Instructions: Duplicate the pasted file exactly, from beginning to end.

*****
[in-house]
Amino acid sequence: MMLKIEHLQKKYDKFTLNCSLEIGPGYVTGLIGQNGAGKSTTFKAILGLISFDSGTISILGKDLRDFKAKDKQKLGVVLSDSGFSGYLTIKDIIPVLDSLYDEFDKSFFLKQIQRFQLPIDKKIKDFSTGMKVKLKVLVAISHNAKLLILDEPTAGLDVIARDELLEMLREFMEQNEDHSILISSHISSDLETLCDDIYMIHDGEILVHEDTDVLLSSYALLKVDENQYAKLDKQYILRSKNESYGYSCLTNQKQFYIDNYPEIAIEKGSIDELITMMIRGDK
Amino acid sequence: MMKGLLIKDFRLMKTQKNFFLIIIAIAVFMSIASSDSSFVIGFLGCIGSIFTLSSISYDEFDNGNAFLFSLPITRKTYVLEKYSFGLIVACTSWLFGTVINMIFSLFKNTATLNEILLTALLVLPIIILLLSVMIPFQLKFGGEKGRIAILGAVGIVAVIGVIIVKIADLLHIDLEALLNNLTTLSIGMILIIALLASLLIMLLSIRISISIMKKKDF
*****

[in-house]
Amino acid sequence: MMLKIEHLQKKYDKFTLNCSLEIGPGYVTGLIGQNGAGKSTTFKAILGLISFDSGTISILGKDLRDFKAKDKQKLGVVLSDSGFSGYLTIKDIIPVLDSLYDEFDKSFFLKQIQRFQLPIDKKIKDFSTGMKVKLKVLVAISHNAKLLILDEPTAGLDVIARDELLEMLREFMEQNEDHSILISSHISSDLETLCDDIYMIHDGEILVHEDTDVLLSSYALLKVDENQYAKLDKQYILRSKNESYGYSCLTNQKQFYIDNYPEIAIEKGSIDELITMMIRGDK
Amino acid sequence: MMKGLLIKDFRLMKTQKNFFLIIIAIAVFMSIASSDSSFVIGFLGCIGSIFTLSSISYDEFDNGNAFLFSLPITRKTYVLEKYSFGLIVACTSWLFGTVINMIFSLFKNTATLNEILLTALLVLPIIILLLSVMIPFQLKFGGEKGRIAILGAVGIVAVIGVIIVKIADLLHIDLEALLNNLTTLSIGMILIIALLASLLIMLLSIRISISIMKKKDF